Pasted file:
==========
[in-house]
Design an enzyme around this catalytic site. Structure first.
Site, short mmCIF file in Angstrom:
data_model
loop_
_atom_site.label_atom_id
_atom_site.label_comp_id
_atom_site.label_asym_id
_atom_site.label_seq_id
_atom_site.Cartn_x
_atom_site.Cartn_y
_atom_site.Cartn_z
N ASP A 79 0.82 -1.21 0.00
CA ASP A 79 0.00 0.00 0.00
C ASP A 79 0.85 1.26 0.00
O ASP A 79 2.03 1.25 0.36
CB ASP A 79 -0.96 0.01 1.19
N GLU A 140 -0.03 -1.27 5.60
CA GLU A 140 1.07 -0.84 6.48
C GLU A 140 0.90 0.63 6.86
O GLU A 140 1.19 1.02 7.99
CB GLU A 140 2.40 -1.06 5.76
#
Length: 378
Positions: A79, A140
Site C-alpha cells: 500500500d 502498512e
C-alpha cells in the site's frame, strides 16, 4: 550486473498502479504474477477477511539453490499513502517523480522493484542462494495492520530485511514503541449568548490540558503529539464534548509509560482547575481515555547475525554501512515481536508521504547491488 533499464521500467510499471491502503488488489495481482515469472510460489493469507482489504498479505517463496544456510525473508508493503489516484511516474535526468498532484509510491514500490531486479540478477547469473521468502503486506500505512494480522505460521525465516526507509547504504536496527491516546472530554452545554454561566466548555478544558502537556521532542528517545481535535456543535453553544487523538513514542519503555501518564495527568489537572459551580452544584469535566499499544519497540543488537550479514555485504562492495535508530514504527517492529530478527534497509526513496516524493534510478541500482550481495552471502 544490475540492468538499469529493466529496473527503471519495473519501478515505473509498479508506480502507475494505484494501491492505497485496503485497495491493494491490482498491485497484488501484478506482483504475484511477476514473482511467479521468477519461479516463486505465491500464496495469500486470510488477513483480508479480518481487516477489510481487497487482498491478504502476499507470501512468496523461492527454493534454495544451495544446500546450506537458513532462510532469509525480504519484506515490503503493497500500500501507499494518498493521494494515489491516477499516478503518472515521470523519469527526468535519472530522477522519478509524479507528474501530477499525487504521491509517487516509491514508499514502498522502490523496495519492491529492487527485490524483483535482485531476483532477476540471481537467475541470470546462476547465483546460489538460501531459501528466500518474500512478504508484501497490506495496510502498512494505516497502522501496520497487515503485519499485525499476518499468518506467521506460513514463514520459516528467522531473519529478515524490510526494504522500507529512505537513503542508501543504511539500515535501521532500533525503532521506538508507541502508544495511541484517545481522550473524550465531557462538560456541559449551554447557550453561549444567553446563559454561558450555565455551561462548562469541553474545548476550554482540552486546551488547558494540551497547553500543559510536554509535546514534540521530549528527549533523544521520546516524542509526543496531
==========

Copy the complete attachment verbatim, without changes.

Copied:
[in-house]
Design an enzyme around this catalytic site. Structure first.
Site, short mmCIF file in Angstrom:
data_model
loop_
_atom_site.label_atom_id
_atom_site.label_comp_id
_atom_site.label_asym_id
_atom_site.label_seq_id
_atom_site.Cartn_x
_atom_site.Cartn_y
_atom_site.Cartn_z
N ASP A 79 0.82 -1.21 0.00
CA ASP A 79 0.00 0.00 0.00
C ASP A 79 0.85 1.26 0.00
O ASP A 79 2.03 1.25 0.36
CB ASP A 79 -0.96 0.01 1.19
N GLU A 140 -0.03 -1.27 5.60
CA GLU A 140 1.07 -0.84 6.48
C GLU A 140 0.90 0.63 6.86
O GLU A 140 1.19 1.02 7.99
CB GLU A 140 2.40 -1.06 5.76
#
Length: 378
Positions: A79, A140
Site C-alpha cells: 500500500d 502498512e
C-alpha cells in the site's frame, strides 16, 4: 550486473498502479504474477477477511539453490499513502517523480522493484542462494495492520530485511514503541449568548490540558503529539464534548509509560482547575481515555547475525554501512515481536508521504547491488 533499464521500467510499471491502503488488489495481482515469472510460489493469507482489504498479505517463496544456510525473508508493503489516484511516474535526468498532484509510491514500490531486479540478477547469473521468502503486506500505512494480522505460521525465516526507509547504504536496527491516546472530554452545554454561566466548555478544558502537556521532542528517545481535535456543535453553544487523538513514542519503555501518564495527568489537572459551580452544584469535566499499544519497540543488537550479514555485504562492495535508530514504527517492529530478527534497509526513496516524493534510478541500482550481495552471502 544490475540492468538499469529493466529496473527503471519495473519501478515505473509498479508506480502507475494505484494501491492505497485496503485497495491493494491490482498491485497484488501484478506482483504475484511477476514473482511467479521468477519461479516463486505465491500464496495469500486470510488477513483480508479480518481487516477489510481487497487482498491478504502476499507470501512468496523461492527454493534454495544451495544446500546450506537458513532462510532469509525480504519484506515490503503493497500500500501507499494518498493521494494515489491516477499516478503518472515521470523519469527526468535519472530522477522519478509524479507528474501530477499525487504521491509517487516509491514508499514502498522502490523496495519492491529492487527485490524483483535482485531476483532477476540471481537467475541470470546462476547465483546460489538460501531459501528466500518474500512478504508484501497490506495496510502498512494505516497502522501496520497487515503485519499485525499476518499468518506467521506460513514463514520459516528467522531473519529478515524490510526494504522500507529512505537513503542508501543504511539500515535501521532500533525503532521506538508507541502508544495511541484517545481522550473524550465531557462538560456541559449551554447557550453561549444567553446563559454561558450555565455551561462548562469541553474545548476550554482540552486546551488547558494540551497547553500543559510536554509535546514534540521530549528527549533523544521520546516524542509526543496531